Caleb Kaltenbach (M.A. ’07) is an alumnus of Biola’s Talbot School of Theology, lead pastor of a large church in Simi Valley, Calif., and a married father of two. He’s also an emerging voice in the discussion of how Christians should engage the LGBT community. That’s because Kaltenbach has an insider perspective, having been raised by a dad and mom who divorced and independently came out of the closet as a gay man and a lesbian. Raised in the midst of LGBT parties and pride parades, Kaltenbach became a Christian and a pastor as a young adult. Today, he manages the tension of holding to the traditional biblical teaching on sexuality while loving his gay parents.

Kaltenbach’s unique story is detailed in his new book Messy Grace: How a Pastor with Gay Parents Learned to Love Others Without Sacrificing Conviction and landed him on the front page of the New York Times in June. Biola Magazine reached out to him to talk about his book and his perspective on how Christians can better navigate the complexities of this issue with truth and grace.

a book titled Messy Grace: How a Pastor with Gay Parents Learned to Love Others Without Sacrificing Conviction by Caleb Kaltenbach

In your book you say that it’s time for Christians to own the issue of homosexuality. What do you mean by this? How would you like to see this play out?

Christians can own this issue by caring enough to get to know the whole person. If you think that identifying as LGBT is mainly about sex — that’s shallow. The theology of “whom we have sex with” might be black and white, but the person and related experiences aren’t. Once my mom told me that she and her partner hadn’t been intimate in years. I asked why she still called herself a lesbian. Her response was that she had a community filled with friends, acceptance, a cause and deep feelings. It reminded me that people have depth. Care enough about a person not to reduce them to their sexual orientation. If someone who is LGBT says that it’s not mainly about sex, why immediately throw the “homosexuality verses” their way? Talk about holy living down the road. Perhaps Christians can own this issue by being kind and making a new friend.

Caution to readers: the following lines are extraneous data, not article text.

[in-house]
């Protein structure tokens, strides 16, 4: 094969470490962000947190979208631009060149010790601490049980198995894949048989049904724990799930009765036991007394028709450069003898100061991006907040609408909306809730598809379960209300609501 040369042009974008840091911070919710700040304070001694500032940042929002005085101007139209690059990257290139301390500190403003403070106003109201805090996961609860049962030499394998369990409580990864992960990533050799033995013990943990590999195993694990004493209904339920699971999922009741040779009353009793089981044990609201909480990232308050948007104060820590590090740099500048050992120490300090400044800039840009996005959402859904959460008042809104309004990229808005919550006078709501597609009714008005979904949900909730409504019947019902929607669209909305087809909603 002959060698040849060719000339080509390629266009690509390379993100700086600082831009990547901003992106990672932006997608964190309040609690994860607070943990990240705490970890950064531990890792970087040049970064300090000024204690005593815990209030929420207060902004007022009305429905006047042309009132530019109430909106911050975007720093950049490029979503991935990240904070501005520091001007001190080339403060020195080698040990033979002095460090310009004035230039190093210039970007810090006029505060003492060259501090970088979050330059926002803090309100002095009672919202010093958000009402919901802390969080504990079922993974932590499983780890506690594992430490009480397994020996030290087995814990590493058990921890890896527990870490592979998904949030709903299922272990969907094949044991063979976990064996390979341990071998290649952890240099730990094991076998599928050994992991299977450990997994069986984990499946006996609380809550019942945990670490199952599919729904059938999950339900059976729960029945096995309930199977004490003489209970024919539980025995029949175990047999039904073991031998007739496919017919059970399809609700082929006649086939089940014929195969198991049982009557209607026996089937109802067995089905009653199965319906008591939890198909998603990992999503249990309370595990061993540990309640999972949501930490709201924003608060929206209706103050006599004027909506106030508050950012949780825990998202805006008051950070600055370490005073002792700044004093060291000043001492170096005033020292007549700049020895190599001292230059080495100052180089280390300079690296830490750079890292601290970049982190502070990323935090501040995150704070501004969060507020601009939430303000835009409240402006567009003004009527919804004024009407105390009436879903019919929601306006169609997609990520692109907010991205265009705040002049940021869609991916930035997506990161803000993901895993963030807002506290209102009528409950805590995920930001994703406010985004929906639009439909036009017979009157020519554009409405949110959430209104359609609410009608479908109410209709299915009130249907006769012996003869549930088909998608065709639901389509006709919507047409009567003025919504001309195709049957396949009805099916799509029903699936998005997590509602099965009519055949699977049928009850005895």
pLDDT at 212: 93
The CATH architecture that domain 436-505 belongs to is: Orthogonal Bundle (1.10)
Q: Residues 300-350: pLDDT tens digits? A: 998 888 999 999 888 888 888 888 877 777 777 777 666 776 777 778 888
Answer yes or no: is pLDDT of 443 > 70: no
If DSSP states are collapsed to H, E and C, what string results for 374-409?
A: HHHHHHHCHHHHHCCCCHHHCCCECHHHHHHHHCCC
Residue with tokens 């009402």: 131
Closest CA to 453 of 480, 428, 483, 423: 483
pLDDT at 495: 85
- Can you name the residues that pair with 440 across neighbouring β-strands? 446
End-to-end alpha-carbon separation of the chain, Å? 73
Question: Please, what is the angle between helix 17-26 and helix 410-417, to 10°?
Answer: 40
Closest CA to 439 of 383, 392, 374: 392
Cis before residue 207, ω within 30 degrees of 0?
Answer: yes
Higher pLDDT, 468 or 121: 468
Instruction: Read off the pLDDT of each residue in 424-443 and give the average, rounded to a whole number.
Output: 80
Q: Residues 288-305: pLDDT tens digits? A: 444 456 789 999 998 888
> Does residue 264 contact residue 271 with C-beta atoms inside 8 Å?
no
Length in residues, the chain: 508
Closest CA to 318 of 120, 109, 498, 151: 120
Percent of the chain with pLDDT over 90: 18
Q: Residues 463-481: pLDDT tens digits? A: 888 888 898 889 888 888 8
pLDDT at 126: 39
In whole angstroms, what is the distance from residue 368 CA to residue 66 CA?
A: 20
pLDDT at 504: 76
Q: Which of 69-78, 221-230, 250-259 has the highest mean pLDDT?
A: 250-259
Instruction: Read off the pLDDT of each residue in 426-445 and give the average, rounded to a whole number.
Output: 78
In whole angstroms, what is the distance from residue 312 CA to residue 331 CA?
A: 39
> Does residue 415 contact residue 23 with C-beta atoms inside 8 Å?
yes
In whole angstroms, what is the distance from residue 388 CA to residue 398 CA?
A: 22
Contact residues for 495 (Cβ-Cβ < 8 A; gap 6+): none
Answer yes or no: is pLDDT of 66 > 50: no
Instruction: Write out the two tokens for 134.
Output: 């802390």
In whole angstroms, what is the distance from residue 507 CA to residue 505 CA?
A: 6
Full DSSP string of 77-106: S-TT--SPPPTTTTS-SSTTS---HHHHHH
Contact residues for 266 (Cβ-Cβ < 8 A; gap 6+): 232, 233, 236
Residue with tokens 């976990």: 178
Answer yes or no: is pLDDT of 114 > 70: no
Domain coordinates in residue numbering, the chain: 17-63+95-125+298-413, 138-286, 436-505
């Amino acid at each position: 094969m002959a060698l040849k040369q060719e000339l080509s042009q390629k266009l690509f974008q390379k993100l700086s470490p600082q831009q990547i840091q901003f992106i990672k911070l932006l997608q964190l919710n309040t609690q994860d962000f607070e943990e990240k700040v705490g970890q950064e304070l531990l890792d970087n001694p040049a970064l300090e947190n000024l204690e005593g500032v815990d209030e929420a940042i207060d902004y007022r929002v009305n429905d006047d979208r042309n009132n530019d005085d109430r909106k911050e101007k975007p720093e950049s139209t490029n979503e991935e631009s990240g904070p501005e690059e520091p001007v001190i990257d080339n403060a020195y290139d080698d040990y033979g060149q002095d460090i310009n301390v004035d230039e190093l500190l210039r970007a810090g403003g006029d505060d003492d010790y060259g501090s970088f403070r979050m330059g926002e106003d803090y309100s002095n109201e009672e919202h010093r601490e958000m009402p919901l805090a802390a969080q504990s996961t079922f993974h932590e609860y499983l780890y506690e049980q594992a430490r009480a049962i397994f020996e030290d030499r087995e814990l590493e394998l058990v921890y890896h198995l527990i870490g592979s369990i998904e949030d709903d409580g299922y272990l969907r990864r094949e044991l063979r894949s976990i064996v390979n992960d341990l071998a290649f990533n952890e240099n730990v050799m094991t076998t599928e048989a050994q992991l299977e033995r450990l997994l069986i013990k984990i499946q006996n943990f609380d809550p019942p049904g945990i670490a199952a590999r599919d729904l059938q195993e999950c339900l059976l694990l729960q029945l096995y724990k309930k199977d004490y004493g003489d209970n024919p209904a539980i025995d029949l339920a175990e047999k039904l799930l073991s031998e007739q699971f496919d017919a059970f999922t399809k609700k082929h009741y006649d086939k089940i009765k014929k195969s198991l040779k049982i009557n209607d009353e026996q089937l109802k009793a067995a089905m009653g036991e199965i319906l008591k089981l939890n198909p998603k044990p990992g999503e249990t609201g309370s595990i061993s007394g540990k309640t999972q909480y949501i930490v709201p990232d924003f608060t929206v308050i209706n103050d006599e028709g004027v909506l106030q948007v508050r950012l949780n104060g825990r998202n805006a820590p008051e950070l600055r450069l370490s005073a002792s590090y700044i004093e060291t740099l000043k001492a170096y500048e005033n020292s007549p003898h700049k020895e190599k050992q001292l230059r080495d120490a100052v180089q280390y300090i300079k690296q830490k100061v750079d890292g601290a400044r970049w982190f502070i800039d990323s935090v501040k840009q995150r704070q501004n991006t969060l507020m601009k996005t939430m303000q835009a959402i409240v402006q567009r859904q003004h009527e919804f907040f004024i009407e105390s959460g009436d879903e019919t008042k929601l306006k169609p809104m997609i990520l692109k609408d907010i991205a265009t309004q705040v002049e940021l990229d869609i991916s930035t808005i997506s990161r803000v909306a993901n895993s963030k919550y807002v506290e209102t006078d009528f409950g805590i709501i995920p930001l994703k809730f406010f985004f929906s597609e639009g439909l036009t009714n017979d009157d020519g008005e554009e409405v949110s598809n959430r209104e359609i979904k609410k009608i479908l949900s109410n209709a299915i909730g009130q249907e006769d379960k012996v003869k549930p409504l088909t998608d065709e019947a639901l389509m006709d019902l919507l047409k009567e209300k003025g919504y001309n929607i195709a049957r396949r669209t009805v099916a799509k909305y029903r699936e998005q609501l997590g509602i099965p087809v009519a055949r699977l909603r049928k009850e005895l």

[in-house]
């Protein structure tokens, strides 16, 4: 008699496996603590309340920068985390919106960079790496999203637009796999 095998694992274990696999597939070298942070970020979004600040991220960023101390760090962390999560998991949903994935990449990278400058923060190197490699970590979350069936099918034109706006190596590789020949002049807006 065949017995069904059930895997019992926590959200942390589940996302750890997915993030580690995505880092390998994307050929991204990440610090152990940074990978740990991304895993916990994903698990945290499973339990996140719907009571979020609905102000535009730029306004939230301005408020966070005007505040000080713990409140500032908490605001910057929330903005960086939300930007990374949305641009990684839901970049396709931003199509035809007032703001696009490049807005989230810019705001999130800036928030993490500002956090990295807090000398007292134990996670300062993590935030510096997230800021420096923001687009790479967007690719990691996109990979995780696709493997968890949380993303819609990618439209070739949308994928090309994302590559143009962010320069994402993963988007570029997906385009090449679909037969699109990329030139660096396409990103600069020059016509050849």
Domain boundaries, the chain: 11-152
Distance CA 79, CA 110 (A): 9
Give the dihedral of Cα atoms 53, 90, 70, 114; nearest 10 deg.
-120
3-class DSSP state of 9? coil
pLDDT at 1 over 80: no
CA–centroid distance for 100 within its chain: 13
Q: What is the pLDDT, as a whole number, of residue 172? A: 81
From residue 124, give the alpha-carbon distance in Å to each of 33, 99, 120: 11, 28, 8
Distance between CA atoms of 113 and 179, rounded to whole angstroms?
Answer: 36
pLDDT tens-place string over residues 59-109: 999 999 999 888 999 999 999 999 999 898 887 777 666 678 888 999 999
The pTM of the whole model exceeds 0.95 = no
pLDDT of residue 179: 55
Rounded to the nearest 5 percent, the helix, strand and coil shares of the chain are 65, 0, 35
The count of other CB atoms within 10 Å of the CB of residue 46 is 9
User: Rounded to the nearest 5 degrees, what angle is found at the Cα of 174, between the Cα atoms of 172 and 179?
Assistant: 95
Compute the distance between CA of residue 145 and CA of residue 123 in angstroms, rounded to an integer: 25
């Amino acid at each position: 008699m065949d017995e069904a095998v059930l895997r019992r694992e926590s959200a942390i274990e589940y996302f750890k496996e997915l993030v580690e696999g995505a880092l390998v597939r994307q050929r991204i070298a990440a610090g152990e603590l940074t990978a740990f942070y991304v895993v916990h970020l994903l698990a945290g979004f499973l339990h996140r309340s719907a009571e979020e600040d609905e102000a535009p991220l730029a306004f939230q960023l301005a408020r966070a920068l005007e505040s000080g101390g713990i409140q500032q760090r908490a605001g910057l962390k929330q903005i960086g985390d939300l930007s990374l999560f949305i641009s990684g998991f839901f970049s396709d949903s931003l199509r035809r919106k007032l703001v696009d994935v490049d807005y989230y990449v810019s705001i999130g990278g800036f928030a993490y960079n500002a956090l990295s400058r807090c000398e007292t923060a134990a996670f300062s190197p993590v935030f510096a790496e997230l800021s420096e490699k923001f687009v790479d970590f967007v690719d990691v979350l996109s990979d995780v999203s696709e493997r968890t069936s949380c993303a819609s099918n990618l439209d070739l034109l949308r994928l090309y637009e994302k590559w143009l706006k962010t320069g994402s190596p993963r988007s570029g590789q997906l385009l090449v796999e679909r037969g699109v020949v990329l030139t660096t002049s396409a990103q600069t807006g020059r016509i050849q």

You challenge Christians to stop avoiding or merely “tolerating” LGBT people, but to engage in meaningful relationships with them. What should that look like?

The more Christians stop treating people in the LGBT community as “evangelistic projects” or “those people,” the more meaningful relationships will develop. Here’s the secret to engage in meaningful relationships with anyone: Treat people like actual people. Embrace the tension by developing friendships over meals, coffee and more. Engage in conversations. Try to understand who they are as a person (experiences, hopes, dreams, fears, etc.). Don’t seek to “fix” anyone, but point to Christ. Here’s a hard truth I came to learn over the years: It’s never been my job to change someone’s sexual attraction. God didn’t call me to “restore” LGBT people to a straight orientation. It’s not even my job to change lives. It’s God’s job. He has great experience in the “life change department.” My responsibility is to love people, make friends and journey with them.